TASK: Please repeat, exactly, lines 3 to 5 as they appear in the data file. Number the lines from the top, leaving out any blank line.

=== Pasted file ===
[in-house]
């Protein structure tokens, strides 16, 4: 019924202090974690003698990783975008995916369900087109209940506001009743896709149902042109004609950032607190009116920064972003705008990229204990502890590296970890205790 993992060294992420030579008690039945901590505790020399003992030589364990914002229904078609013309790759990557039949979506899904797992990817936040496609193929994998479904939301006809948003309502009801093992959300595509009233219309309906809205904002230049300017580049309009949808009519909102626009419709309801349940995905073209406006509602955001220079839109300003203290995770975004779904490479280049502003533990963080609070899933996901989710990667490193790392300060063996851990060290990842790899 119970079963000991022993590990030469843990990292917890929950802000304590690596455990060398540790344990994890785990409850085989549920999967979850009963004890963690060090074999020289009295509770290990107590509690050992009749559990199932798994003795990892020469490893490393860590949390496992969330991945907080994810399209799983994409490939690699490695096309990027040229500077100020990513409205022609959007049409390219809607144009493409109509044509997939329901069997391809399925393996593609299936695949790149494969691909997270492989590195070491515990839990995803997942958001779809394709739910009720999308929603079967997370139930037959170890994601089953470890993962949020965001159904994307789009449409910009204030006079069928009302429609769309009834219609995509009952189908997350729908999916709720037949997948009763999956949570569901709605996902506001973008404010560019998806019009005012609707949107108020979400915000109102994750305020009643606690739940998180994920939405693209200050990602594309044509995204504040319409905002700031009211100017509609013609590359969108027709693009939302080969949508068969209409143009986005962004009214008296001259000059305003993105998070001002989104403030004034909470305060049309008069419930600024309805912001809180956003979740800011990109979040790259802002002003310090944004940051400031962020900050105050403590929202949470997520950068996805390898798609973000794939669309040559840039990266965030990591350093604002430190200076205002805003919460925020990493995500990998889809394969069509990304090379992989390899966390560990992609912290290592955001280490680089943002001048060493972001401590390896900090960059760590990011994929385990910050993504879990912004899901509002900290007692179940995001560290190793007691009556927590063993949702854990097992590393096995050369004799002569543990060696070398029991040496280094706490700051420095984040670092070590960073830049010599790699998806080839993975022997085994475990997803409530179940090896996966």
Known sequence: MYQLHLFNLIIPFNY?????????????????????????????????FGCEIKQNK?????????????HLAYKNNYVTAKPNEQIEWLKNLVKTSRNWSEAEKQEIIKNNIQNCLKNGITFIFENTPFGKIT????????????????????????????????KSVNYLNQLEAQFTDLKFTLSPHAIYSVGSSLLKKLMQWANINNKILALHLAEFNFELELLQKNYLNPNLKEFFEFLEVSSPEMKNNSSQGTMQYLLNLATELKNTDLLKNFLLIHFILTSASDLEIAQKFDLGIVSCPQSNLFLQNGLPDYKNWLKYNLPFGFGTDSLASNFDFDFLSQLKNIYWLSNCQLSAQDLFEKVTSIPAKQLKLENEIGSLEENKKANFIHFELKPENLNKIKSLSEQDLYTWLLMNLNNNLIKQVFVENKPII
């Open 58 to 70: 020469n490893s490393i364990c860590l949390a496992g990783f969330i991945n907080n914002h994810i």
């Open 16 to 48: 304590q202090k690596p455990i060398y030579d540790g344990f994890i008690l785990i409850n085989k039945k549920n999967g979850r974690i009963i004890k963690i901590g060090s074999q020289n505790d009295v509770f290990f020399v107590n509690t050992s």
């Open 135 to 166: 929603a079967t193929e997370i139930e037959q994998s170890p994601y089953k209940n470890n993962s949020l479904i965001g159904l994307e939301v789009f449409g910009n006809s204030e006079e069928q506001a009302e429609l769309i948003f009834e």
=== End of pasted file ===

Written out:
Known sequence: MYQLHLFNLIIPFNY?????????????????????????????????FGCEIKQNK?????????????HLAYKNNYVTAKPNEQIEWLKNLVKTSRNWSEAEKQEIIKNNIQNCLKNGITFIFENTPFGKIT????????????????????????????????KSVNYLNQLEAQFTDLKFTLSPHAIYSVGSSLLKKLMQWANINNKILALHLAEFNFELELLQKNYLNPNLKEFFEFLEVSSPEMKNNSSQGTMQYLLNLATELKNTDLLKNFLLIHFILTSASDLEIAQKFDLGIVSCPQSNLFLQNGLPDYKNWLKYNLPFGFGTDSLASNFDFDFLSQLKNIYWLSNCQLSAQDLFEKVTSIPAKQLKLENEIGSLEENKKANFIHFELKPENLNKIKSLSEQDLYTWLLMNLNNNLIKQVFVENKPII
């Open 58 to 70: 020469n490893s490393i364990c860590l949390a496992g990783f969330i991945n907080n914002h994810i």
């Open 16 to 48: 304590q202090k690596p455990i060398y030579d540790g344990f994890i008690l785990i409850n085989k039945k549920n999967g979850r974690i009963i004890k963690i901590g060090s074999q020289n505790d009295v509770f290990f020399v107590n509690t050992s």